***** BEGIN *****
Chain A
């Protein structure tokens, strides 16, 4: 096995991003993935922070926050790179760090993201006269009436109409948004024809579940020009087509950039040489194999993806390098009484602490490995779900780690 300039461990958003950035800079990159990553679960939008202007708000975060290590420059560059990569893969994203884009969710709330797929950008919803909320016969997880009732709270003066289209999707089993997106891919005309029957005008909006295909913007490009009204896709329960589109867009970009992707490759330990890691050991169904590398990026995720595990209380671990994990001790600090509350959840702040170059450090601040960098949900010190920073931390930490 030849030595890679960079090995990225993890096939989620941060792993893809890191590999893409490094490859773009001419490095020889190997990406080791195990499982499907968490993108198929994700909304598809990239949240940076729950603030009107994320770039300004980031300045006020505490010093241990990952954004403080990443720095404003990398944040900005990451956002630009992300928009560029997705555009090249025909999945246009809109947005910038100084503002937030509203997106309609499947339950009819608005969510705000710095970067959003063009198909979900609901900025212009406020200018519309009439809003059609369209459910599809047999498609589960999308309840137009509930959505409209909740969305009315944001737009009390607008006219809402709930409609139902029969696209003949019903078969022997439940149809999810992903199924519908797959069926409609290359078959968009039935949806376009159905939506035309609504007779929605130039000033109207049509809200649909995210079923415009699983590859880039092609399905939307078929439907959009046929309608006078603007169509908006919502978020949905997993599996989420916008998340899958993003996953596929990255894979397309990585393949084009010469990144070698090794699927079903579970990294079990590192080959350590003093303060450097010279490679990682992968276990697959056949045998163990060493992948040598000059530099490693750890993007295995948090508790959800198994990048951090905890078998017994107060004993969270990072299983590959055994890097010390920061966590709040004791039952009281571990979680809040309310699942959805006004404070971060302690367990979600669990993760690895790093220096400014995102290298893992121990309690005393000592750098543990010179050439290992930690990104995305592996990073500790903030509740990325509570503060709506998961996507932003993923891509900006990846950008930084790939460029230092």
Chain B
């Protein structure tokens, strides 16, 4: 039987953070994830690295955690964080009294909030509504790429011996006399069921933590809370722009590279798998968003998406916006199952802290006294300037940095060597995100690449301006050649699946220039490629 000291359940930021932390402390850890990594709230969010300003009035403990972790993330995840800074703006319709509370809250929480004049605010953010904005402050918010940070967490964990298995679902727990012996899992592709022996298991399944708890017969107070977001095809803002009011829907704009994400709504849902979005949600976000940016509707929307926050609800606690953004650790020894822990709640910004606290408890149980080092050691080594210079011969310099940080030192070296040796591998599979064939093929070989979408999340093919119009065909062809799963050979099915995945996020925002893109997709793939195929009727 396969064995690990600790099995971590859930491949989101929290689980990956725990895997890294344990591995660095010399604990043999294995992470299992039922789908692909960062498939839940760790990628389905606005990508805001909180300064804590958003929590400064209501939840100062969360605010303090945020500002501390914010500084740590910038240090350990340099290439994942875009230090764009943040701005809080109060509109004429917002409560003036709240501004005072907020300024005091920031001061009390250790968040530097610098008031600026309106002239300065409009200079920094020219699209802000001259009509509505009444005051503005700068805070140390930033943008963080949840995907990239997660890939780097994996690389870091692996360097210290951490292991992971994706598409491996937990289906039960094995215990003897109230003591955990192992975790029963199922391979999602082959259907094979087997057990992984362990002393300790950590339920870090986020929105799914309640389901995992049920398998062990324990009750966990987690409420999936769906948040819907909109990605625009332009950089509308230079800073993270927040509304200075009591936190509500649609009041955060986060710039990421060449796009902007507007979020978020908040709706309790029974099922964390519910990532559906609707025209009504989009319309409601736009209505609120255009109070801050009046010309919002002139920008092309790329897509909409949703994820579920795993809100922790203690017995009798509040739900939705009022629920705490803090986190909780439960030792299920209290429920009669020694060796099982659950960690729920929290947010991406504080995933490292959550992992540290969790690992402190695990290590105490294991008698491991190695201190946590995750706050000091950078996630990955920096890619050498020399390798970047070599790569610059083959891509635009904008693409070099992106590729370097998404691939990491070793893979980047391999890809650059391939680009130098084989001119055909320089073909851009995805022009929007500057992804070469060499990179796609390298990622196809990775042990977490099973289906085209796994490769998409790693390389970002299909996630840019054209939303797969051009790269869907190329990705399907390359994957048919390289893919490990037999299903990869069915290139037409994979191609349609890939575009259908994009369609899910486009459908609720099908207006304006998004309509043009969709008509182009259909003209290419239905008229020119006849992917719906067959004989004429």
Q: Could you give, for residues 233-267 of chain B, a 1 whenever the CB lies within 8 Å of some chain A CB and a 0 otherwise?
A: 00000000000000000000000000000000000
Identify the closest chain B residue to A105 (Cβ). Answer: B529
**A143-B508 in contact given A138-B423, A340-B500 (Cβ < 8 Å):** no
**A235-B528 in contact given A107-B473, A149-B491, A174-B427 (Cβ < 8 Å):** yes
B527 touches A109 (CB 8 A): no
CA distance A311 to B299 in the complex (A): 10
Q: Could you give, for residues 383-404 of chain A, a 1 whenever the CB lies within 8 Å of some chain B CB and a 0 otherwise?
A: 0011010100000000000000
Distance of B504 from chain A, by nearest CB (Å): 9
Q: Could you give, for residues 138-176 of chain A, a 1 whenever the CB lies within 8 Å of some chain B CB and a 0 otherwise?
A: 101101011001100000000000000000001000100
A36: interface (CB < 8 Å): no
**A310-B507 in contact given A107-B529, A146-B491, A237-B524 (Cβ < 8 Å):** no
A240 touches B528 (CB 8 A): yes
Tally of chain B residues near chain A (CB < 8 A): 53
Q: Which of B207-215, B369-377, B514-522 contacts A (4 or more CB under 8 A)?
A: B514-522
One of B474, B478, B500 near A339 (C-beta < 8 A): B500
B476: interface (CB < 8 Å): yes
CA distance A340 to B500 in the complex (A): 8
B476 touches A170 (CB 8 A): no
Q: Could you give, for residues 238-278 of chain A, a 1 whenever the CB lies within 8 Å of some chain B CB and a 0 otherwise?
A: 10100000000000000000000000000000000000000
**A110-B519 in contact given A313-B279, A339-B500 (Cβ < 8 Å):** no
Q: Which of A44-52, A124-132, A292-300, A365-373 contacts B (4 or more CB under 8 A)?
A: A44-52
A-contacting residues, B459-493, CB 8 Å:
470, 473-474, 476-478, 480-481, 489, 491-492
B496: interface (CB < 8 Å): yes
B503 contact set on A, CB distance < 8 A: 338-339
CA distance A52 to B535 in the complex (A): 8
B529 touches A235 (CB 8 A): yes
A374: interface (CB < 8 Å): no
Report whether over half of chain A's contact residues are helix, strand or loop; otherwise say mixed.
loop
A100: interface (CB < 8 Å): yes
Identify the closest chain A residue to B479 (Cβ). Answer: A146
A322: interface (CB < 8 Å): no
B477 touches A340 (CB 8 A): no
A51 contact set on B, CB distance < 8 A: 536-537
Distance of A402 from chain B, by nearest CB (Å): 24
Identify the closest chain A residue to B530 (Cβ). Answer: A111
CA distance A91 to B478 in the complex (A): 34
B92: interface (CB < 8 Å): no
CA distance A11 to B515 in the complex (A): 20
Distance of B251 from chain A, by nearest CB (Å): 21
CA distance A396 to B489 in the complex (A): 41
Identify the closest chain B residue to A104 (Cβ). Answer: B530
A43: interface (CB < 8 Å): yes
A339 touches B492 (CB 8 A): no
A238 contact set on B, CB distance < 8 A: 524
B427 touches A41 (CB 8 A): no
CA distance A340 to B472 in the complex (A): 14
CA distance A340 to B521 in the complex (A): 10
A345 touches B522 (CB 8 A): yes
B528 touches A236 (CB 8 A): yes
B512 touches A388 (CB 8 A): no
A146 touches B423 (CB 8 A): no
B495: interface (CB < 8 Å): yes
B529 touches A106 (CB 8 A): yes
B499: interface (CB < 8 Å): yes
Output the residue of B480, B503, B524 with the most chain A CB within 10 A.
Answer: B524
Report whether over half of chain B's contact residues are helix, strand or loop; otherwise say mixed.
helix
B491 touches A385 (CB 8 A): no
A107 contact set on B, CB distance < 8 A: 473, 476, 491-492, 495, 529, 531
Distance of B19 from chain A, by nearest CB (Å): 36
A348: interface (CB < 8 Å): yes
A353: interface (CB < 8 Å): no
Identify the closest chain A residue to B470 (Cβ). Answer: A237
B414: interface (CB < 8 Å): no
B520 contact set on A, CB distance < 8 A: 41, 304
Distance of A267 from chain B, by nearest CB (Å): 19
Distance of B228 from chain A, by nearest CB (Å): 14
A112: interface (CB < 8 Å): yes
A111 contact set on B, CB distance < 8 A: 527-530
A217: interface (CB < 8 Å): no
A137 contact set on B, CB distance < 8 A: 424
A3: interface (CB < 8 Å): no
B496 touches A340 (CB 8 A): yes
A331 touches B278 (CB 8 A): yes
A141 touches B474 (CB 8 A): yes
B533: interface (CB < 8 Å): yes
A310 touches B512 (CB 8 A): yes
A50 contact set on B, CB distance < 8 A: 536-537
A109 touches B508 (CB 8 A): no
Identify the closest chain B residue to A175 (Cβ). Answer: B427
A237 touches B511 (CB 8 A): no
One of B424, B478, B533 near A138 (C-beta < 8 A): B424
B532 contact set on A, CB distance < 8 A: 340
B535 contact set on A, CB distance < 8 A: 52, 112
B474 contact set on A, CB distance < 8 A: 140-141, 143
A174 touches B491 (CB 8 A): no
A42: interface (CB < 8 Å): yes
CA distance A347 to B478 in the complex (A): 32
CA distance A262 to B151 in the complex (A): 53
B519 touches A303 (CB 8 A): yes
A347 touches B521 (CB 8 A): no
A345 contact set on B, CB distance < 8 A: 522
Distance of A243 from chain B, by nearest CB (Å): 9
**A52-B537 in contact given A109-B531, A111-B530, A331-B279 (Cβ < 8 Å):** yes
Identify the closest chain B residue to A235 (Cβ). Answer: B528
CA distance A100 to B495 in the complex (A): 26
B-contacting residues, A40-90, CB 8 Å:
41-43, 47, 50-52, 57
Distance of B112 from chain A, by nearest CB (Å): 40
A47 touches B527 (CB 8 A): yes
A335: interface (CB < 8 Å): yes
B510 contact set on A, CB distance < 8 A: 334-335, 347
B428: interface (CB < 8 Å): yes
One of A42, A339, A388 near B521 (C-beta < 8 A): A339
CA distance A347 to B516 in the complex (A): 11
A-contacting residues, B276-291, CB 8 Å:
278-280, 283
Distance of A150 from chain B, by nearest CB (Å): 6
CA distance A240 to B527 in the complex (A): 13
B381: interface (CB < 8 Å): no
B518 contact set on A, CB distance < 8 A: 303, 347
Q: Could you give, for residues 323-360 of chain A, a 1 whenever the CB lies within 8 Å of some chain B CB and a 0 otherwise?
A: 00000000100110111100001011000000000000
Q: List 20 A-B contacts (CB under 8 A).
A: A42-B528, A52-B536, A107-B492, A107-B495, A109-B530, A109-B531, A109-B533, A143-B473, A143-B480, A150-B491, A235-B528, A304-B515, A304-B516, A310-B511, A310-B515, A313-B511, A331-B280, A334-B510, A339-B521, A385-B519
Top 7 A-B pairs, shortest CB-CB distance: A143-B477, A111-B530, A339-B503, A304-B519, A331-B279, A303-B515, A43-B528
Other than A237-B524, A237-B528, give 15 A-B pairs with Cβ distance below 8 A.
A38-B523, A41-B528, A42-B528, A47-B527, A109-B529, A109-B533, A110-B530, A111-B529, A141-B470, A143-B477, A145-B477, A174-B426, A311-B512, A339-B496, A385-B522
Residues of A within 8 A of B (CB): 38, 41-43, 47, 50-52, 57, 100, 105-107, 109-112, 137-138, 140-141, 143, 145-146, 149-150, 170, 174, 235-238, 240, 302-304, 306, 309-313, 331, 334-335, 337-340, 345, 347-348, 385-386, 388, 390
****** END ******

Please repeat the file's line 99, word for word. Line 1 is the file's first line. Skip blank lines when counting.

A174 touches B491 (CB 8 A): no